As a model, you experience body shaming first-hand before you even know that body-shaming is a word. Don’t get me wrong, this is not an “Oh, help me… I was body-shamed” article. This is an “Oh Lordy Lord! I CAN NOT BELIEVE (S)HE SAID THAT?! *Insert exaggerated, horrified palm-to-the-chest gesture just before you reach for the tea and ask the “gister” to tell you more.
Fashion models, generally are very aware of their bodies and insecurities and will (more often than not) voice out what they consider imperfect about themselves. They will scathingly point out what they consider imperfect about another colleague. Like if you get “fat” by the fashion industry’s standards.
The way my people throw around the word “fat” is comical and concerning. If you are a model and you go up one dress size, you are FAT. If you walk and your bum jiggles – you are FAT. Christian-Mama-arms? Jesus, please don’t show up. Same goes for extra-large breasticles, and that whole FAT-folding business in your tummy and back – especially when you sit.
Please don’t ask someone to help you zip up that couture dress- it means you got FAT. The moments where three frail models are panting over your FAT BACK, twisting and struggling to squeeze you into couture… is not for the emotionally unstable. You will be asked to remove couture. Couture will be given to lekpa with plenty breeze between her back and the zip. If you are lucky, there is something wide and shapeless for you at the just-in-case rack. Everyone will stare, and many will ask you, “What happened to you?” See ya life outside. Next time you will choose paw-paw over puff-puff.
Yes, my industry is brutal. No judgements. Just facts.
But you see, two of the most extreme, body shaming episodes I have witnessed with my koro-koro eyes were not by models, but were against models by non-models.
In early 2003, I was walking home from Model School with a male model who wore dreadlocks. That was not the issue. The issue was when we decided to cross the road from one side of Maryland bus-stop to the other. The issue was that somewhere in the middle of the road – where vehicles made U-turns – lurked a mad-man. A very unstable, volatile mad man. Walahi, as the mad-man sighted us, he zoned in on my colleague and went ballistic.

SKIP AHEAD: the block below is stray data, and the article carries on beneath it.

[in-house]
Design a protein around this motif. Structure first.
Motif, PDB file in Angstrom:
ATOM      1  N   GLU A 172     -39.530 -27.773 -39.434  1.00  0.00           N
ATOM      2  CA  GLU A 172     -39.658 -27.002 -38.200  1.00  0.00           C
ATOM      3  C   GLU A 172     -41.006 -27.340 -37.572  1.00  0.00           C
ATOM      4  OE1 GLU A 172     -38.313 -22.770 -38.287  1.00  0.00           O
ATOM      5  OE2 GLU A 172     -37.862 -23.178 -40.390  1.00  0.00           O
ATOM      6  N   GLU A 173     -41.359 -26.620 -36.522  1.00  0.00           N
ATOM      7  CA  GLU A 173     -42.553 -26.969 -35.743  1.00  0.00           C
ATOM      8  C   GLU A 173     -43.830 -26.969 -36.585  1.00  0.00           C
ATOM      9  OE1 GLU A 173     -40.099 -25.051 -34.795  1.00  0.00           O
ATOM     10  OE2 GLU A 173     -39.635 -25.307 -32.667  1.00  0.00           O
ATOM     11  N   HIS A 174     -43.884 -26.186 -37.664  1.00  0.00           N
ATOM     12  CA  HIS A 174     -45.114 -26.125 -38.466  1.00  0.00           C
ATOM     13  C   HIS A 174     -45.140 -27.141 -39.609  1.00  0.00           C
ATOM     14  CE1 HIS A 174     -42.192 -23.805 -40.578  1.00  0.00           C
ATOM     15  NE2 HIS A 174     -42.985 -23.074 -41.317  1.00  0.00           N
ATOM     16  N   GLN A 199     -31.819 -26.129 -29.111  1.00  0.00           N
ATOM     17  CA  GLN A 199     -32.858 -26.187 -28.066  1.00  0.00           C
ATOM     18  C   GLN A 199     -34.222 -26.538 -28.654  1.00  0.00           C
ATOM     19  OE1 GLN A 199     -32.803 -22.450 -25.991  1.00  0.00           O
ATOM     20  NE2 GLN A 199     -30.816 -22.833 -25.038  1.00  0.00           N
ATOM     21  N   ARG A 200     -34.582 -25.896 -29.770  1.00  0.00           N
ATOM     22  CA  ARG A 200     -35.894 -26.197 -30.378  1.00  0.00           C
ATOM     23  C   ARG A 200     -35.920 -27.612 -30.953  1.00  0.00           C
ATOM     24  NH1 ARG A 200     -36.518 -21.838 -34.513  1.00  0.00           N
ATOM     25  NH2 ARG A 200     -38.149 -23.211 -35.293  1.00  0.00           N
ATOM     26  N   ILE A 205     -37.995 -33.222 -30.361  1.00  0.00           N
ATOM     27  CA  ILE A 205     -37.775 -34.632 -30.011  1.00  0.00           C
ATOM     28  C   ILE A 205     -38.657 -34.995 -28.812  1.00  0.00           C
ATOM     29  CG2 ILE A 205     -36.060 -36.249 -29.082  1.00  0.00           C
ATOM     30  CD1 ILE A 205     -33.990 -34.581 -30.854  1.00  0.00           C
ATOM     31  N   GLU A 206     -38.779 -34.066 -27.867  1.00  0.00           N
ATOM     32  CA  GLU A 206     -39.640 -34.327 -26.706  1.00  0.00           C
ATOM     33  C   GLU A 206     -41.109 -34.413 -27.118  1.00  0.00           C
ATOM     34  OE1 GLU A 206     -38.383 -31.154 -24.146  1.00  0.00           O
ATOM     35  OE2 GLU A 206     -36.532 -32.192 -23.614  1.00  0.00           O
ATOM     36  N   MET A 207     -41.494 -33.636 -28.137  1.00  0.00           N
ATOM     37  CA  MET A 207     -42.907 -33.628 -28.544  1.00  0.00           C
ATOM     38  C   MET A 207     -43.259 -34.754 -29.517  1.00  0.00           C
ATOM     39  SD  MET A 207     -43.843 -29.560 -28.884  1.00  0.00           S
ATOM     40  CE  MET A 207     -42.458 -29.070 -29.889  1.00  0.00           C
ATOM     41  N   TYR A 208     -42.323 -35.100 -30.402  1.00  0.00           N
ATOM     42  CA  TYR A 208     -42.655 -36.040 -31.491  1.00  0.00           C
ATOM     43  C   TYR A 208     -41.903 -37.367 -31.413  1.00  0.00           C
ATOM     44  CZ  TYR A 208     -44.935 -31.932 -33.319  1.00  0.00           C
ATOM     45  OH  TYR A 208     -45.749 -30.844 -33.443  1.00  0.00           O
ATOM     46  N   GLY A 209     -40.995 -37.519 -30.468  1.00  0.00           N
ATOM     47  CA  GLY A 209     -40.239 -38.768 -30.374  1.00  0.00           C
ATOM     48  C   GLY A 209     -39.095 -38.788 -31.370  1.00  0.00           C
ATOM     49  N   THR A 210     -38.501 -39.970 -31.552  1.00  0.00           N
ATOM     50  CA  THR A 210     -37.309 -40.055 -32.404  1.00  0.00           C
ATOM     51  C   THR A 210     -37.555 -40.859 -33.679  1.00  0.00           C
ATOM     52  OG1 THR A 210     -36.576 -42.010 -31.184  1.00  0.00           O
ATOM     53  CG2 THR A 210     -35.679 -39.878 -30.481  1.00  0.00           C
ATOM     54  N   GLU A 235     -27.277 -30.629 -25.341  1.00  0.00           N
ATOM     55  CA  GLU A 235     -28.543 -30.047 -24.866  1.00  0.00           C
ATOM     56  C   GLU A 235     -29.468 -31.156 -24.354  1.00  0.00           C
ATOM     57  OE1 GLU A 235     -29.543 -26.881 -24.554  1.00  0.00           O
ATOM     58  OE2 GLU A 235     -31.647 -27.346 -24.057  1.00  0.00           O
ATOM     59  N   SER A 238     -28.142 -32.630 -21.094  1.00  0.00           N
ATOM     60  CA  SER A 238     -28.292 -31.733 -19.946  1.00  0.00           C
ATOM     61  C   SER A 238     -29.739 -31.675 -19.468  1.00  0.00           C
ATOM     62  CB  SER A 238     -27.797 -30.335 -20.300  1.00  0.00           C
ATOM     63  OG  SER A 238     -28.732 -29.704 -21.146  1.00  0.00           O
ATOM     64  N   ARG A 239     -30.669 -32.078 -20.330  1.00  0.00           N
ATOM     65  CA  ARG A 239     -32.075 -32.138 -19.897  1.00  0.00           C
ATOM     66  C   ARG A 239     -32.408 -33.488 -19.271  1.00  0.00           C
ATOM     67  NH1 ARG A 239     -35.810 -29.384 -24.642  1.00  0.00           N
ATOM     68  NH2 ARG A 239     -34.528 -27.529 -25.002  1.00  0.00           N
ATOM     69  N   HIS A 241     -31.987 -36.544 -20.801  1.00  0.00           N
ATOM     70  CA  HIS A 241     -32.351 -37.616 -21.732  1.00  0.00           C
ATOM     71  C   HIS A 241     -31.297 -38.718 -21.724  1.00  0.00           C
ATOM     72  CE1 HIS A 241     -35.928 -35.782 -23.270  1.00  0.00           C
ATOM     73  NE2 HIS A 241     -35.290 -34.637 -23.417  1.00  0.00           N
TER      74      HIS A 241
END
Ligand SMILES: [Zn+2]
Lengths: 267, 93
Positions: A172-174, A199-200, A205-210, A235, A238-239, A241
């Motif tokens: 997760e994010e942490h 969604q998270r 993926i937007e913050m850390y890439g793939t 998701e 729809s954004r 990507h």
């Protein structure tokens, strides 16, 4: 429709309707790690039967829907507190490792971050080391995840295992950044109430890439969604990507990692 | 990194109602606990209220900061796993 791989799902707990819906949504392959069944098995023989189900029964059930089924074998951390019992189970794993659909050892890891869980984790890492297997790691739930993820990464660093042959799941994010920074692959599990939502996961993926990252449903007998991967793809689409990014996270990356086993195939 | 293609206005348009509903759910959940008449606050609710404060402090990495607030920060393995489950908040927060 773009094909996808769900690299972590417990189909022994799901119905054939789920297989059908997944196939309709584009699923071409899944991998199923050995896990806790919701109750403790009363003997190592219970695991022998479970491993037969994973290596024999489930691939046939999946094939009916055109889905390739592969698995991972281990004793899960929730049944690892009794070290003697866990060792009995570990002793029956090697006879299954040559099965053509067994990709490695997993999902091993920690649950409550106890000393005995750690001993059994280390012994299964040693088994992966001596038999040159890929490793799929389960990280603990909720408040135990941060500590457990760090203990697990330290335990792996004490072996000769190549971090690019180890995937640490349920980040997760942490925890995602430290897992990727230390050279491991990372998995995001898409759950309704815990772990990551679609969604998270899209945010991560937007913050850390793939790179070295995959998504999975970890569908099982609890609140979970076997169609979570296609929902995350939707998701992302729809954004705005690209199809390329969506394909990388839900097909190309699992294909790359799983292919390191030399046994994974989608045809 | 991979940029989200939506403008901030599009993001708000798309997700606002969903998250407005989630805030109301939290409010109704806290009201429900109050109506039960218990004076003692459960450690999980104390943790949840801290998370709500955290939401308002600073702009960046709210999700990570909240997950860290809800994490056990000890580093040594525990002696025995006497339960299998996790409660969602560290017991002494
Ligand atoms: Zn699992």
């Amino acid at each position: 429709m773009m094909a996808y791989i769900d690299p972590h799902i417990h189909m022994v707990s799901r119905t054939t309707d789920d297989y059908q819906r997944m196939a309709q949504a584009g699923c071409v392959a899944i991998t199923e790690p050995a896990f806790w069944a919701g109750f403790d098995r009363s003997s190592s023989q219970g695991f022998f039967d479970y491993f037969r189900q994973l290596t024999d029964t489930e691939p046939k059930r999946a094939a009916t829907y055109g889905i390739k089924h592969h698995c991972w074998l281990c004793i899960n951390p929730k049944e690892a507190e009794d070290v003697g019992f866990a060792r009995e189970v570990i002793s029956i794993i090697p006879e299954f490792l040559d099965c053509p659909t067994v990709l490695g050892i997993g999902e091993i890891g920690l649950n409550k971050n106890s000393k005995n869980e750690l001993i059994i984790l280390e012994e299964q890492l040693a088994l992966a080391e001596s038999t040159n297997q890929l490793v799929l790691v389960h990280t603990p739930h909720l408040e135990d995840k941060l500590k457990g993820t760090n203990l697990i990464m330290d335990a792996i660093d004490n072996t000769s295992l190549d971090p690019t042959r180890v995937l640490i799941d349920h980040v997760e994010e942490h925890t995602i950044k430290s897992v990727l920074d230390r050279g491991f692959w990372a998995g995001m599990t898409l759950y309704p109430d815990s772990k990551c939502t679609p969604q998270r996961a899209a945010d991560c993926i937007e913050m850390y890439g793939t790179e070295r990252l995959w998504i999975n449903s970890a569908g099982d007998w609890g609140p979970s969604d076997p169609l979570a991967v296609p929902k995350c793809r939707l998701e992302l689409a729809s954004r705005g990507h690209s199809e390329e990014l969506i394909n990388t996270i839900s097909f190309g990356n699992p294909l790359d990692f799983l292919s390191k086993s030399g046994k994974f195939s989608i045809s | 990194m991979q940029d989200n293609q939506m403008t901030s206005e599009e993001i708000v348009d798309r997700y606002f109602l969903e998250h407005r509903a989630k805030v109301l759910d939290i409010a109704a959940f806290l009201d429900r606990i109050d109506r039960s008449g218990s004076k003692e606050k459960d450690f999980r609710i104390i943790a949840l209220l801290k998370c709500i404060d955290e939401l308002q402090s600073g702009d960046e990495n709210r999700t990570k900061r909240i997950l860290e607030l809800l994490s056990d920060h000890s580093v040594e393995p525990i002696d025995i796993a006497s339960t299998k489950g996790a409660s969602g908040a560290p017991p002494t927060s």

Shouting, “LOOKATEWWWWW! MADDDDDDDDDDDDDDDDDDDD MAN! SEE WETIN YOU CARRY FOR HEAD? WAZZDIS ON YA HEAD? IF THEY SAY YOU ARE MAD NA, YOU WILL SAY YOU ARE WELL? EH?”
I furtively cast a confused look at the aggressor, noticing the irony that the mad-man himself had matted-dada that hung like mangoes from his head. Omo, I quickened my steps.
“AND YOUUUUUUUU!” Ewo! The mad man now had my time, “OF ALL THE PEOPLE IN THIS WORLD, NA MAD PESIN YOU SEE FOLLOW WAKA, EH? WAIT, MAKE I CATCH YOU…” He made a dash towards us.
FIAMMMMMMMMMMMM! I took off! Ehhhhhhhhh? Wait for where? The male model did not slack. He put his long, muscular legs to good use and gapped me sef – in crossing to the other side.
Bobo Maddie yi ko mo pe emi iyalaya runner. As we dey run, the whole bus stop scatter. I gave one Incredible Hulk leap into the next available bus – abeg, who wan die – and was relieved when we finally left Maryland behind.
Jesus! That was really intense. Na wa o. On top say pesin no like anada pesin hair. Hian.
That was most dramatic episode of body-shaming 1.
Number 2, was also with another model. This one was a friend. Although we were both fashion models, we fit into different niches. She was ultra-thin and I was lean but curvier than a typical model. I had never been stick-thin or board-straight as a model. Ezz not like I could slice off my body-parts. And while the stick-thin/board-straight was the more common model look, we both fit into peculiar niches, which meant we kept working together on many of fashion shows.